Hacking your plants into smaller bits and replanting them is highly satisfying, without making anyone cross, or you fat - hurrah!
There are several ways to do it, and as always with gardening, common sense will let you know. The easiest are those (like pulmonaria and lychnis) which form separate plantlets growing off the main plant. All you need do here is to pull them away.
Then there are larger clumps, (viola and alchemilla for example) which will need digging up and pulling apart into a few equal sized pieces - not too small though; each piece needs enough root and shoot on it to flower in the same season.
Next are the ones which are harder to pull apart, (nepeta, rudbeckia (above), aster). For these clumps the advice is to use two garden forks back to back to wrench the roots apart. In practise I find this pretty awkward and usually end up using a combination of my feet and hands, with a bit of chopping thrown in for good measure.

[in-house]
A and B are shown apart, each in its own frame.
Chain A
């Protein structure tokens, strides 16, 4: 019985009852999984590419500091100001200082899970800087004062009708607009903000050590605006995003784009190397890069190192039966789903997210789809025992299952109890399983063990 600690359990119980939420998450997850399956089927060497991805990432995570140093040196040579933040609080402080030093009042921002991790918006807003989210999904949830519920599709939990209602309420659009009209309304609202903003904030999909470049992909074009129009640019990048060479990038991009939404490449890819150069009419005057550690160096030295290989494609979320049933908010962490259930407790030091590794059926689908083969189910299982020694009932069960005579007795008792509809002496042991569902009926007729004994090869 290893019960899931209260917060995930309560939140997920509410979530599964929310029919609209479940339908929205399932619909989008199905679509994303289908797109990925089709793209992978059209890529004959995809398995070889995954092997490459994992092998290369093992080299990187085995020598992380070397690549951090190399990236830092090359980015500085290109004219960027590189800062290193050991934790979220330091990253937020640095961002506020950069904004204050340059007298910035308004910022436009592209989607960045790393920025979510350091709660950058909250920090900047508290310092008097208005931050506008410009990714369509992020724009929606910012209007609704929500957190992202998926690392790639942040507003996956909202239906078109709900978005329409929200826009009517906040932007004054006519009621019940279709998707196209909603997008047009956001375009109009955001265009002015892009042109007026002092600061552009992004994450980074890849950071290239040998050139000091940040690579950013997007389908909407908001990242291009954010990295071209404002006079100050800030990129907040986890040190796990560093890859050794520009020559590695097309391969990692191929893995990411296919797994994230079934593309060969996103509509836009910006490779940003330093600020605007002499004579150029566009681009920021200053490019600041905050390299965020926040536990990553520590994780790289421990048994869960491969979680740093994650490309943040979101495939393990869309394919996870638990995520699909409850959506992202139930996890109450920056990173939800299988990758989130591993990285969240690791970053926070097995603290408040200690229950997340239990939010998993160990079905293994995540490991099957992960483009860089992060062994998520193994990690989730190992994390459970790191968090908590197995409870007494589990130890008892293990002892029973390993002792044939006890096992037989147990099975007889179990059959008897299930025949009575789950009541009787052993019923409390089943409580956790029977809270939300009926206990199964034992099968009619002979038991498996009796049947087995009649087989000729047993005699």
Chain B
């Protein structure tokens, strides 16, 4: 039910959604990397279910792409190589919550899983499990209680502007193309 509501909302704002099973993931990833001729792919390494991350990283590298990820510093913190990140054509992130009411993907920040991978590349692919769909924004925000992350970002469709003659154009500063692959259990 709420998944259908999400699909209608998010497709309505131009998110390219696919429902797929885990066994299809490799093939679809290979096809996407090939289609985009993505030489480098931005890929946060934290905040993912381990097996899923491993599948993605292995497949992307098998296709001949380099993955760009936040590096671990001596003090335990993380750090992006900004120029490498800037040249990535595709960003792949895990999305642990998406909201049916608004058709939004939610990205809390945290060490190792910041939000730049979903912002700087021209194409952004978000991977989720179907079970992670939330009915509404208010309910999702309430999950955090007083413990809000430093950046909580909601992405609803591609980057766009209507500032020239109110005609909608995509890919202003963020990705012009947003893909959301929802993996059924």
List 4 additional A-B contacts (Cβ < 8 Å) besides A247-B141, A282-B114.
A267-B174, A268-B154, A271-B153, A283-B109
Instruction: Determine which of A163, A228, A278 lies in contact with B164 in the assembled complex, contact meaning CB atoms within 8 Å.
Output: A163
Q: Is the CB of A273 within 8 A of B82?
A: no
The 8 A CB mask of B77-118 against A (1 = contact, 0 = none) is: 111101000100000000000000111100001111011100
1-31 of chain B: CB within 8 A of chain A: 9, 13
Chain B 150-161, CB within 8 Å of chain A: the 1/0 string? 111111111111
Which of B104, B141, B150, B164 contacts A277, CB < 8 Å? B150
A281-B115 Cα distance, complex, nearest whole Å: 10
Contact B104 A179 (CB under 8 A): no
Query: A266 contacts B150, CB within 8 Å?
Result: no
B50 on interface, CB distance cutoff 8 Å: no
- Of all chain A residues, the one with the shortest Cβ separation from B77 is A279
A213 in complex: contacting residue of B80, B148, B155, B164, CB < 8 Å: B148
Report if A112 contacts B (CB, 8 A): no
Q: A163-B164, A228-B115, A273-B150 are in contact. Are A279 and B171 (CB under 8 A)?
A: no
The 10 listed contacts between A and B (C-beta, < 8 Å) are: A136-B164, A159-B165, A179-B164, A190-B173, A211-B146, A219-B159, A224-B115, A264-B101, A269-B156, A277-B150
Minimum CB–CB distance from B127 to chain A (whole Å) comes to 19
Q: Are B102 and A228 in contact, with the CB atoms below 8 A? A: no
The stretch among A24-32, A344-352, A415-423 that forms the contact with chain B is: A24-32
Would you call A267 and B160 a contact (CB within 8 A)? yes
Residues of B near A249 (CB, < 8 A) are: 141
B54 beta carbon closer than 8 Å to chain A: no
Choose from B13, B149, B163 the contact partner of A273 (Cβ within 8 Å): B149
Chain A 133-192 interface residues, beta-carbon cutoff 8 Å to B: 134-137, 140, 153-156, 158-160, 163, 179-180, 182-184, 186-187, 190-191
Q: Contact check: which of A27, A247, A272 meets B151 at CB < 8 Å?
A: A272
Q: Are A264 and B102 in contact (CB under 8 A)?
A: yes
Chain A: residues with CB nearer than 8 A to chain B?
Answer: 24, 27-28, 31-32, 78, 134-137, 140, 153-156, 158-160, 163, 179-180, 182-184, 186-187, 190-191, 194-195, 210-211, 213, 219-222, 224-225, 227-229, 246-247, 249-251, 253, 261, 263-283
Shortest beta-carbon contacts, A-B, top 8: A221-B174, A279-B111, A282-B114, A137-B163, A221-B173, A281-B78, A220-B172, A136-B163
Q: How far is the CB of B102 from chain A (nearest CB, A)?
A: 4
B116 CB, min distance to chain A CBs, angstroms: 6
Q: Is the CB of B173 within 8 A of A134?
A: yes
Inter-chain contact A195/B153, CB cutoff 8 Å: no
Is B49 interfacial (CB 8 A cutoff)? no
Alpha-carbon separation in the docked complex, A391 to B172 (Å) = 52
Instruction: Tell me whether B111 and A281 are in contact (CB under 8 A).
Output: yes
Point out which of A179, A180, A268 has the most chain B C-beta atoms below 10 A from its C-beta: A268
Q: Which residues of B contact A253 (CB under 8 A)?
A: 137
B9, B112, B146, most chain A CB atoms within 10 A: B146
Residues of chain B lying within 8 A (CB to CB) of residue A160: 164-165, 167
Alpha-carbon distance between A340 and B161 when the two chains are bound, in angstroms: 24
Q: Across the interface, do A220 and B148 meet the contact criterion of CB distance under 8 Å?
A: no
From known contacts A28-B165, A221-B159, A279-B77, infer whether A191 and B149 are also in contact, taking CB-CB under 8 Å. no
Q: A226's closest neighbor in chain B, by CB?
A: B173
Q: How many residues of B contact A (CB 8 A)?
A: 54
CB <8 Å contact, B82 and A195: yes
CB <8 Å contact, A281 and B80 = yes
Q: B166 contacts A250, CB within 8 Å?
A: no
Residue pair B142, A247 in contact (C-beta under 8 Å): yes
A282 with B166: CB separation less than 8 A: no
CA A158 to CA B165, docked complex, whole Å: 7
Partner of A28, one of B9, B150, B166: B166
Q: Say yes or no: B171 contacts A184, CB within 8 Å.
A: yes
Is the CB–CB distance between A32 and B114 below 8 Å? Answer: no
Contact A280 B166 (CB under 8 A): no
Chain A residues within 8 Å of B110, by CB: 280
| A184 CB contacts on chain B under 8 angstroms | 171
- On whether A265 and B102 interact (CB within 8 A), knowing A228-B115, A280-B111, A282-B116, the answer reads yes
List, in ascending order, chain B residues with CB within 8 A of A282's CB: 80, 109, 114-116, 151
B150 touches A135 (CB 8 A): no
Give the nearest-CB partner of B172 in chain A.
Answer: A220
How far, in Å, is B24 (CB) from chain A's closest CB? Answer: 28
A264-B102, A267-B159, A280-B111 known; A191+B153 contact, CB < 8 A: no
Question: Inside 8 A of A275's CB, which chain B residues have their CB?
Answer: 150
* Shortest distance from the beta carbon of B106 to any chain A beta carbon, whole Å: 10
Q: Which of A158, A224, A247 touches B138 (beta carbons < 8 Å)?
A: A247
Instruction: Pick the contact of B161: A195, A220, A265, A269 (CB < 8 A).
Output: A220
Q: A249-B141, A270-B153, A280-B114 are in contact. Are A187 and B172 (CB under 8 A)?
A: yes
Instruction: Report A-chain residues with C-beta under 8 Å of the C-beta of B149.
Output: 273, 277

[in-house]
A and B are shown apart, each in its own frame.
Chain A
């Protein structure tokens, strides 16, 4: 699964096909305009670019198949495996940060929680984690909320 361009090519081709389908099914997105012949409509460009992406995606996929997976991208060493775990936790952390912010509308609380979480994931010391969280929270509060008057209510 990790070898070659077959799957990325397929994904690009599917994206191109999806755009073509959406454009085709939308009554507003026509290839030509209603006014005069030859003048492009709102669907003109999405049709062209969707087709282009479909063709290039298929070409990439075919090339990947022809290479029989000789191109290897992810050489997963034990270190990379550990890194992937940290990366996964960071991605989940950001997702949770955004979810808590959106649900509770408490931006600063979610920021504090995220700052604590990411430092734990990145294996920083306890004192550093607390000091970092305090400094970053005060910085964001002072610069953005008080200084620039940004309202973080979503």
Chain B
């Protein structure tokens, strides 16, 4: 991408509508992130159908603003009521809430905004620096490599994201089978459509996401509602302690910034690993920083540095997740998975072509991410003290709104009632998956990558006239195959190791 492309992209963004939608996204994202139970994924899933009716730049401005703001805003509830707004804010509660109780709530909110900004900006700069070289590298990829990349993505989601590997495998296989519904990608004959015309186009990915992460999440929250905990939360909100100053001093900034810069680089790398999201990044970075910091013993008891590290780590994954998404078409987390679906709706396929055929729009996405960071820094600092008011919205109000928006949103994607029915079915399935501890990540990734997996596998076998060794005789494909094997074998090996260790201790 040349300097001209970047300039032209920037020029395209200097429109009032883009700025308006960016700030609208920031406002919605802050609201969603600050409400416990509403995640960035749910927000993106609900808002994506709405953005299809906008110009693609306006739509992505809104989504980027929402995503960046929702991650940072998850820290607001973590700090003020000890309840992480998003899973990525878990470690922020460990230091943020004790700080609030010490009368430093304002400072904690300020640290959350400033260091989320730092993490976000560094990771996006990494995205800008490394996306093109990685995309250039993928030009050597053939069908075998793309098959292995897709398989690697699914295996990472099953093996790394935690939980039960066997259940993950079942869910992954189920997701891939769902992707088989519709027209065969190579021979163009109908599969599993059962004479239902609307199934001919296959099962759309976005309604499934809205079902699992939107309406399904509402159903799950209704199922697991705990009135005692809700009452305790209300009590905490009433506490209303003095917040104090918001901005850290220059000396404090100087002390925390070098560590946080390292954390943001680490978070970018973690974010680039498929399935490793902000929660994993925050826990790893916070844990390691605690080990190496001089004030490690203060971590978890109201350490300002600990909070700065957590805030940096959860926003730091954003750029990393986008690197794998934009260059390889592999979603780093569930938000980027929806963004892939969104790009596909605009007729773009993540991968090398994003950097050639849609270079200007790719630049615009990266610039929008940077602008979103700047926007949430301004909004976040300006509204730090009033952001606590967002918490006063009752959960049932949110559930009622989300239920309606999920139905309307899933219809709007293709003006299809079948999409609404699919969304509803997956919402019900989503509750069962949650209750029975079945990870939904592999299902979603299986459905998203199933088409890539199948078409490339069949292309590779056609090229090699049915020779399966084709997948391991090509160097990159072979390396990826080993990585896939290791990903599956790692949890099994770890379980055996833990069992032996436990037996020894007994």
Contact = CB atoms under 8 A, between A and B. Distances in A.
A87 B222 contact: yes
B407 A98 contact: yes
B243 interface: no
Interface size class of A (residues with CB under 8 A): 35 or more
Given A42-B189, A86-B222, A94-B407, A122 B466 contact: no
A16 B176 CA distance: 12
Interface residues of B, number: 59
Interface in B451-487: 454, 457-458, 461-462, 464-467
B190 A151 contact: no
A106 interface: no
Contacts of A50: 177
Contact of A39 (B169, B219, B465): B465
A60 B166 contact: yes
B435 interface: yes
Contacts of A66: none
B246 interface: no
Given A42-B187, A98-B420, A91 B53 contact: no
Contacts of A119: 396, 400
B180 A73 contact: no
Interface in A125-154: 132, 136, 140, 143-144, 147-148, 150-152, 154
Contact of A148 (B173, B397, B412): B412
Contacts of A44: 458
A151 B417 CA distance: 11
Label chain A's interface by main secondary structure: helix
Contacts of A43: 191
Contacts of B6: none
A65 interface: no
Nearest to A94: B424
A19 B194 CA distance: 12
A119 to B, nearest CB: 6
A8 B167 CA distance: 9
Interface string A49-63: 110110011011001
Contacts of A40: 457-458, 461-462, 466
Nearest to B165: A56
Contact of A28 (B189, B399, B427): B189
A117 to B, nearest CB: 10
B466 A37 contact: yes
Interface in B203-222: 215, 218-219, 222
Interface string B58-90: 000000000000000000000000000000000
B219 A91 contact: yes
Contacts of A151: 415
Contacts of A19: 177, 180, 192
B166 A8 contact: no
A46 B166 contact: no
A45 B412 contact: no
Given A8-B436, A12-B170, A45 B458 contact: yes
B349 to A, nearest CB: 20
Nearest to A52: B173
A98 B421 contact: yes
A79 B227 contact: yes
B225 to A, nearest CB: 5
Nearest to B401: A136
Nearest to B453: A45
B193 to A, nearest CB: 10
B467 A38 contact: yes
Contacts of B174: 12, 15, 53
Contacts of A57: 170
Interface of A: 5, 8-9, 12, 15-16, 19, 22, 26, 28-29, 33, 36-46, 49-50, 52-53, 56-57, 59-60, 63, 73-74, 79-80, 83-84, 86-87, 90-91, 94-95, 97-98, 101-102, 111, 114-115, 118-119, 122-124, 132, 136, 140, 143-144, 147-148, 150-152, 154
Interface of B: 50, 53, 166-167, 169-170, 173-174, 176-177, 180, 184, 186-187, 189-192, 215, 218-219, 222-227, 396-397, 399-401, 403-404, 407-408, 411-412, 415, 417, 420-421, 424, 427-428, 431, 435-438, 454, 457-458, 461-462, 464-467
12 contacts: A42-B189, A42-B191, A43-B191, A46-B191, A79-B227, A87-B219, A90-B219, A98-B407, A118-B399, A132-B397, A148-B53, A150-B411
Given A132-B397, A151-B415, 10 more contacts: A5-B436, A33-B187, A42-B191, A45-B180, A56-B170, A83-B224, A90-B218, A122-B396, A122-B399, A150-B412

Lastly, for those plants with tough centres, like delphinium, agapanthus and hellebores, there is the highly satisfying spade or knife method, where you chop or slice the clump into smaller bits using a sharp spade or a bread knife.
It’s not open heart surgery, so leave any nerves at the door and enjoy a bit of positive destruction.